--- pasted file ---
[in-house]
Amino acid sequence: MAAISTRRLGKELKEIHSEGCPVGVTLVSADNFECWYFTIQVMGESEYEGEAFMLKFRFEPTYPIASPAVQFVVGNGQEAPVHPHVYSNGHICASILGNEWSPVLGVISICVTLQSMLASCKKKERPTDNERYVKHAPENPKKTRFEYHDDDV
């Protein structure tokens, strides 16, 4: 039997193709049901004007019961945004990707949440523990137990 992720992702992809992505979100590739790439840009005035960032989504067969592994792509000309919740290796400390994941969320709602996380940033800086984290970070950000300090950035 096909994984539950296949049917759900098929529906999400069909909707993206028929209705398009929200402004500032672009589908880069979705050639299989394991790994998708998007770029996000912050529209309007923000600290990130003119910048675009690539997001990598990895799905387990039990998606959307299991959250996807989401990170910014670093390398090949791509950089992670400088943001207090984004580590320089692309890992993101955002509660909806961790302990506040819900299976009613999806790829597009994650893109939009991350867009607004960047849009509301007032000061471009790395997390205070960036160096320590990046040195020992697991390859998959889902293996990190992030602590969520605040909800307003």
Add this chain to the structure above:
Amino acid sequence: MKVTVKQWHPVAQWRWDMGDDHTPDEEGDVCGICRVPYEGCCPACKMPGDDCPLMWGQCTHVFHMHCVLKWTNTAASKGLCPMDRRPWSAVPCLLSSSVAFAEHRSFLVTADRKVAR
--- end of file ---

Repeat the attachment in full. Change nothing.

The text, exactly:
[in-house]
Amino acid sequence: MAAISTRRLGKELKEIHSEGCPVGVTLVSADNFECWYFTIQVMGESEYEGEAFMLKFRFEPTYPIASPAVQFVVGNGQEAPVHPHVYSNGHICASILGNEWSPVLGVISICVTLQSMLASCKKKERPTDNERYVKHAPENPKKTRFEYHDDDV
């Protein structure tokens, strides 16, 4: 039997193709049901004007019961945004990707949440523990137990 992720992702992809992505979100590739790439840009005035960032989504067969592994792509000309919740290796400390994941969320709602996380940033800086984290970070950000300090950035 096909994984539950296949049917759900098929529906999400069909909707993206028929209705398009929200402004500032672009589908880069979705050639299989394991790994998708998007770029996000912050529209309007923000600290990130003119910048675009690539997001990598990895799905387990039990998606959307299991959250996807989401990170910014670093390398090949791509950089992670400088943001207090984004580590320089692309890992993101955002509660909806961790302990506040819900299976009613999806790829597009994650893109939009991350867009607004960047849009509301007032000061471009790395997390205070960036160096320590990046040195020992697991390859998959889902293996990190992030602590969520605040909800307003």
Add this chain to the structure above:
Amino acid sequence: MKVTVKQWHPVAQWRWDMGDDHTPDEEGDVCGICRVPYEGCCPACKMPGDDCPLMWGQCTHVFHMHCVLKWTNTAASKGLCPMDRRPWSAVPCLLSSSVAFAEHRSFLVTADRKVAR